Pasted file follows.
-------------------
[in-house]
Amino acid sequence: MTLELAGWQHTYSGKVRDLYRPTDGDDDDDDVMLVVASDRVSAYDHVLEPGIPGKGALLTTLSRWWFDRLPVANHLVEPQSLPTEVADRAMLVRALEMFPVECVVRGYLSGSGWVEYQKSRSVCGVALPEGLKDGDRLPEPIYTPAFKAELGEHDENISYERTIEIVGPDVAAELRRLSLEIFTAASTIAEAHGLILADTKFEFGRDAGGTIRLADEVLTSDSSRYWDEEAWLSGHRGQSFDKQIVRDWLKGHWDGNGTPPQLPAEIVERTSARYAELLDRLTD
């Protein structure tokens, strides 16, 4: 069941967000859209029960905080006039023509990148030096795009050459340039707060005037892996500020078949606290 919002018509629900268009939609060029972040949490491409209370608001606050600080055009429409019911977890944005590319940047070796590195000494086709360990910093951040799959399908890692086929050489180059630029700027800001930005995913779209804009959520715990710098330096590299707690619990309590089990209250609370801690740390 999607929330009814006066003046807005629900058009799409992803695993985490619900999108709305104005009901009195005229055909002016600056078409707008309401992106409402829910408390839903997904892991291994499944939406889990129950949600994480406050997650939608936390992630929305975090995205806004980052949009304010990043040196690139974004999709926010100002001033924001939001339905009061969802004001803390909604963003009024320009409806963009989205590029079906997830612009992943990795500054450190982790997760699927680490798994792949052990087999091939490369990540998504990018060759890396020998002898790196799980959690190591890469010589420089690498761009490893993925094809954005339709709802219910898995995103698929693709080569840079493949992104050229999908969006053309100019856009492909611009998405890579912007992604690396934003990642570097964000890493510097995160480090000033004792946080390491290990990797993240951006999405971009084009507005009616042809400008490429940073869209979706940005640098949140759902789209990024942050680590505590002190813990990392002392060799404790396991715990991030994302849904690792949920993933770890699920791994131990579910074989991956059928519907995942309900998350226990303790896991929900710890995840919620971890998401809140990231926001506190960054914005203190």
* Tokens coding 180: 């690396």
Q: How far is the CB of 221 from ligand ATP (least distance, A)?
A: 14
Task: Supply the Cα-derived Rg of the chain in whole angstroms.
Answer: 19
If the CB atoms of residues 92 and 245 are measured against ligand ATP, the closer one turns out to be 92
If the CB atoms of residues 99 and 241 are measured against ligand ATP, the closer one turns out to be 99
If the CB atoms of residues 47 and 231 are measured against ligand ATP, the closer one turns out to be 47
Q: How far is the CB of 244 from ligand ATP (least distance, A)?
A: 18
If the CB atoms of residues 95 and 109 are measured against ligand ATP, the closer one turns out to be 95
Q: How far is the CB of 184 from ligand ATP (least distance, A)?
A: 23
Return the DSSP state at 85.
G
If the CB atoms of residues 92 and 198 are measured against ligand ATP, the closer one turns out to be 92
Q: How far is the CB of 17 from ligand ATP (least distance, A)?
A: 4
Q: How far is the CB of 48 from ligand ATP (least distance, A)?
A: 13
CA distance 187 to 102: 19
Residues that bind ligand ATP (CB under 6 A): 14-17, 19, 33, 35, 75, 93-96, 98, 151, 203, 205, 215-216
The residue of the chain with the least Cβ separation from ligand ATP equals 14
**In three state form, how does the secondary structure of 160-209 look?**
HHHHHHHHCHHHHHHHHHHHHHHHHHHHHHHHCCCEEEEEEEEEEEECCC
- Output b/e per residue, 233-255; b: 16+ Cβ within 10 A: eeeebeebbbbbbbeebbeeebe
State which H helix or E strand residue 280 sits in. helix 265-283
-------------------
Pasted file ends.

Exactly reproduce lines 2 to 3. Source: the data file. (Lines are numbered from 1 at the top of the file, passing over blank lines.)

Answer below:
Amino acid sequence: MTLELAGWQHTYSGKVRDLYRPTDGDDDDDDVMLVVASDRVSAYDHVLEPGIPGKGALLTTLSRWWFDRLPVANHLVEPQSLPTEVADRAMLVRALEMFPVECVVRGYLSGSGWVEYQKSRSVCGVALPEGLKDGDRLPEPIYTPAFKAELGEHDENISYERTIEIVGPDVAAELRRLSLEIFTAASTIAEAHGLILADTKFEFGRDAGGTIRLADEVLTSDSSRYWDEEAWLSGHRGQSFDKQIVRDWLKGHWDGNGTPPQLPAEIVERTSARYAELLDRLTD
């Protein structure tokens, strides 16, 4: 069941967000859209029960905080006039023509990148030096795009050459340039707060005037892996500020078949606290 919002018509629900268009939609060029972040949490491409209370608001606050600080055009429409019911977890944005590319940047070796590195000494086709360990910093951040799959399908890692086929050489180059630029700027800001930005995913779209804009959520715990710098330096590299707690619990309590089990209250609370801690740390 999607929330009814006066003046807005629900058009799409992803695993985490619900999108709305104005009901009195005229055909002016600056078409707008309401992106409402829910408390839903997904892991291994499944939406889990129950949600994480406050997650939608936390992630929305975090995205806004980052949009304010990043040196690139974004999709926010100002001033924001939001339905009061969802004001803390909604963003009024320009409806963009989205590029079906997830612009992943990795500054450190982790997760699927680490798994792949052990087999091939490369990540998504990018060759890396020998002898790196799980959690190591890469010589420089690498761009490893993925094809954005339709709802219910898995995103698929693709080569840079493949992104050229999908969006053309100019856009492909611009998405890579912007992604690396934003990642570097964000890493510097995160480090000033004792946080390491290990990797993240951006999405971009084009507005009616042809400008490429940073869209979706940005640098949140759902789209990024942050680590505590002190813990990392002392060799404790396991715990991030994302849904690792949920993933770890699920791994131990579910074989991956059928519907995942309900998350226990303790896991929900710890995840919620971890998401809140990231926001506190960054914005203190």